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Zero Optimization and Sign Optimization???

Hi Friends,

I wanted know about whatt is ment by zero optimization and
sign optimization and its differences....
Thank you...


Nov 17 '08 #1
20 2369
On 17 Nov, 08:42, Ravikiran <ravisattig...@ gmail.comwrote:
* * * * *I wanted know about whatt is ment by zero optimizationand
sign optimization and its differences....
optimisation techniques are not on-topic for comp.lang.c.
Try comp.programmin g or a compiler group or just google it.

--
Nick Keighley
Nov 17 '08 #2
On Nov 17, 8:42*am, Ravikiran <ravisattig...@ gmail.comwrote:
Hi Friends,

* * * * *I wanted know about whatt is ment by zero optimizationand
sign optimization and its differences....
Whenever my company outsources programming jobs they specify in the
contract how much optimisation is required. "Zero optimisation" means
code that works, without being optimised. If we want optimisations,
then someone in management has to sign because of the additional cost,
so there is always a space left in the contract marked "Sign
optimisation" where someone can sign to require optimisation.

The differences between "sign optimisation" and "zero optimisation"
can be many thousands in cost, plus delays in development of weeks, or
even months.
Hope this answers your question.

Nov 17 '08 #3
"christian. bau" wrote:
Ravikiran <ravisattig...@ gmail.comwrote:
>I wanted know about whatt is ment by zero optimization and sign
optimization and its differences....

Whenever my company outsources programming jobs they specify in
the contract how much optimisation is required. "Zero
optimisation" means code that works, without being optimised. If
we want optimisations, then someone in management has to sign
because of the additional cost, so there is always a space left
in the contract marked "Sign optimisation" where someone can sign
to require optimisation.

The differences between "sign optimisation" and "zero
optimisation" can be many thousands in cost, plus delays in
development of weeks, or even months.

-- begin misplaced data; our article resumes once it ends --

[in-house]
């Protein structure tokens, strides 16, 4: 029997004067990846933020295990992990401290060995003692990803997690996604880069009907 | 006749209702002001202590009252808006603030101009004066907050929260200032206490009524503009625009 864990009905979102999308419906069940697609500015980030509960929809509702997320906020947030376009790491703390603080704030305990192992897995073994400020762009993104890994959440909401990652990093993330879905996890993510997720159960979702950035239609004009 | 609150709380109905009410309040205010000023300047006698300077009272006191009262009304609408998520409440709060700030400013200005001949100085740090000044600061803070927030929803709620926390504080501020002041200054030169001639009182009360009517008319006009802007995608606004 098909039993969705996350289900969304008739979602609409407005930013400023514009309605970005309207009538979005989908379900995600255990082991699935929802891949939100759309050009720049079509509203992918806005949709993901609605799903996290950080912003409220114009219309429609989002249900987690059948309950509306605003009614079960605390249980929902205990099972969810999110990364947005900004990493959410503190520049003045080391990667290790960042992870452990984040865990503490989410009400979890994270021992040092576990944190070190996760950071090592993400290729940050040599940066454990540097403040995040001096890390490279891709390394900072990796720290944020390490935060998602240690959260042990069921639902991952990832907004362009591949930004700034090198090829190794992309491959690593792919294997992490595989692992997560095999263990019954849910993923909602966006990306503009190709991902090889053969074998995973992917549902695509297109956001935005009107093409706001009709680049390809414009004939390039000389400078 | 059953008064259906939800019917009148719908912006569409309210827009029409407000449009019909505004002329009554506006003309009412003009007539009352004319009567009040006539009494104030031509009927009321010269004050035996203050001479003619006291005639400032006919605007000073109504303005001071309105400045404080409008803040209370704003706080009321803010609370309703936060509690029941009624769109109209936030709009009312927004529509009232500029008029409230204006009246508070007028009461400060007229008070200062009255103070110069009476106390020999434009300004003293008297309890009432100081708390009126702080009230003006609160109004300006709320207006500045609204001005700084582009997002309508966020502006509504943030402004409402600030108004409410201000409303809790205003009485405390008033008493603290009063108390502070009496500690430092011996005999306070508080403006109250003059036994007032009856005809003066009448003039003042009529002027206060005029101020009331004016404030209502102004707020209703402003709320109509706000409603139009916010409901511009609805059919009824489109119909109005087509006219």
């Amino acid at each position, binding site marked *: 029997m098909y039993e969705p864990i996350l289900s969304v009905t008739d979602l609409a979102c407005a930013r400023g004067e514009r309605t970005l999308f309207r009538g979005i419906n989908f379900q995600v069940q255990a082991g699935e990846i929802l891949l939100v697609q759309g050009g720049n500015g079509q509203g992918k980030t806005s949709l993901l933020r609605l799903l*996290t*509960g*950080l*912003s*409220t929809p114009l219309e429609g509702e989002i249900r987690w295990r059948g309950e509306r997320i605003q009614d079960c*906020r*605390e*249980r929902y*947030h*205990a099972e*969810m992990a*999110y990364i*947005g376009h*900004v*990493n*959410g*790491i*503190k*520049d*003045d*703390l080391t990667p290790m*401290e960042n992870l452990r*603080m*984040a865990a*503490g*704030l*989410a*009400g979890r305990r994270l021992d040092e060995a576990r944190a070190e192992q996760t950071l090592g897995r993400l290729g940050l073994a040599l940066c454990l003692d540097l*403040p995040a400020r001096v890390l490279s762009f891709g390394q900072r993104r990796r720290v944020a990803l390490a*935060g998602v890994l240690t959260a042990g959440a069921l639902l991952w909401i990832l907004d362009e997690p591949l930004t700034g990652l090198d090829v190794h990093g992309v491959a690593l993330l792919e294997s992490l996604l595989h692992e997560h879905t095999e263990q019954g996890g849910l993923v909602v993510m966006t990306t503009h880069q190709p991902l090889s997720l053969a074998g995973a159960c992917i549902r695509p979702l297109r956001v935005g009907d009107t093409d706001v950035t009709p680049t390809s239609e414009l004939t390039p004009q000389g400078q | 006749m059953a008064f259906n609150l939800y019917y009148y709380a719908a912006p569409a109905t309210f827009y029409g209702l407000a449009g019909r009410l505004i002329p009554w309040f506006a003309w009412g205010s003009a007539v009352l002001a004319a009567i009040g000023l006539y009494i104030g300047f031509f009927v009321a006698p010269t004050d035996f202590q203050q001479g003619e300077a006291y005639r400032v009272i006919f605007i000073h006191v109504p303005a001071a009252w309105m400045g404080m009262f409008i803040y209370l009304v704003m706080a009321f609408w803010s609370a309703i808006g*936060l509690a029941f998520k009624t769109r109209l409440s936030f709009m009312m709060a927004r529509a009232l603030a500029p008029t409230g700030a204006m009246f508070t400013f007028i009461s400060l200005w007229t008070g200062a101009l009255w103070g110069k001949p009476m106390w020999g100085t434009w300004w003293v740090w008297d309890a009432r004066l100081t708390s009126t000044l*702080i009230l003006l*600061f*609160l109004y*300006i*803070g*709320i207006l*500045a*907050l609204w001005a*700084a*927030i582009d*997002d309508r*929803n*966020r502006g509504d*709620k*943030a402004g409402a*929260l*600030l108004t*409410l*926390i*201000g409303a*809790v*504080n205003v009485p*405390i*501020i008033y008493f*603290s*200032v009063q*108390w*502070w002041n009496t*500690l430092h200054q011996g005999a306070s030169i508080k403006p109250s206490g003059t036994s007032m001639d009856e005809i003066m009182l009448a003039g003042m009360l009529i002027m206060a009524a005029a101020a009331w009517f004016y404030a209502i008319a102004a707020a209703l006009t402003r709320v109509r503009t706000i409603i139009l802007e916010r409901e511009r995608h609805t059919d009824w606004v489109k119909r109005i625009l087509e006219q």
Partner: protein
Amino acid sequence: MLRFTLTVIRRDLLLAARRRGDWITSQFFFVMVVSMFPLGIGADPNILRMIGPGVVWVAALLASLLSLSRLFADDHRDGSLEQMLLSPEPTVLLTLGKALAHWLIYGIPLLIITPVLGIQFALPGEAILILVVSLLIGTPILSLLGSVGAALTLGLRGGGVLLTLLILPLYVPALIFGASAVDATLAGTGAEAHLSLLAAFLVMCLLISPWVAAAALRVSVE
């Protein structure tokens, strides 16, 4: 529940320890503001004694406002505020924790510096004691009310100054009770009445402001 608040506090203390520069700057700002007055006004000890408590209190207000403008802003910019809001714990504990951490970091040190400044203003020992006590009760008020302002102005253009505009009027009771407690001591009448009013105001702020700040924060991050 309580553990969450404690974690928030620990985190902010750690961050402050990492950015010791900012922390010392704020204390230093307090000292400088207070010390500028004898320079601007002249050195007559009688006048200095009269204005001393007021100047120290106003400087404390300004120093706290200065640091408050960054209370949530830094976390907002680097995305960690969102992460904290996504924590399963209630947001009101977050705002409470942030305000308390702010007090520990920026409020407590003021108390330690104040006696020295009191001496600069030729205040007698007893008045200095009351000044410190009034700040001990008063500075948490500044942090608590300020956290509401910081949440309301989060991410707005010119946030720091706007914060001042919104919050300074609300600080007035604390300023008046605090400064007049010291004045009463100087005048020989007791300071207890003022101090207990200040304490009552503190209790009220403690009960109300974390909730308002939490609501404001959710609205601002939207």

Nonsense. If the compiler is accurate, and the code does not take
liberties with the standard, the only effect of optimization is to
speed up or compress (or both) the output code. However it may
reduce the ability to debug the final program.

--
[mail]: Chuck F (cbfalconer at maineline dot net)
[page]: <http://cbfalconer.home .att.net>
Try the download section.
Nov 17 '08 #4
CBFalconer wrote:
"christian. bau" wrote:
Ravikiran <ravisattig...@ gmail.comwrote:
....
Whenever my company outsources programming jobs they specify in
the contract how much optimisation is required. "Zero
optimisation" means code that works, without being optimised. If
we want optimisations, then someone in management has to sign
because of the additional cost, so there is always a space left
in the contract marked "Sign optimisation" where someone can sign
to require optimisation.

The differences between "sign optimisation" and "zero
optimisation" can be many thousands in cost, plus delays in
development of weeks, or even months.

Nonsense. If the compiler is accurate, and the code does not take
liberties with the standard, the only effect of optimization is to
speed up or compress (or both) the output code. However it may
reduce the ability to debug the final program.
Most real code takes some liberties with the standard, and most
compilers have some optimization options that render them slightly non-
conforming. Uncovering the "liberties" takes time and effort to fix.
Determining whether or not code modifications are required to take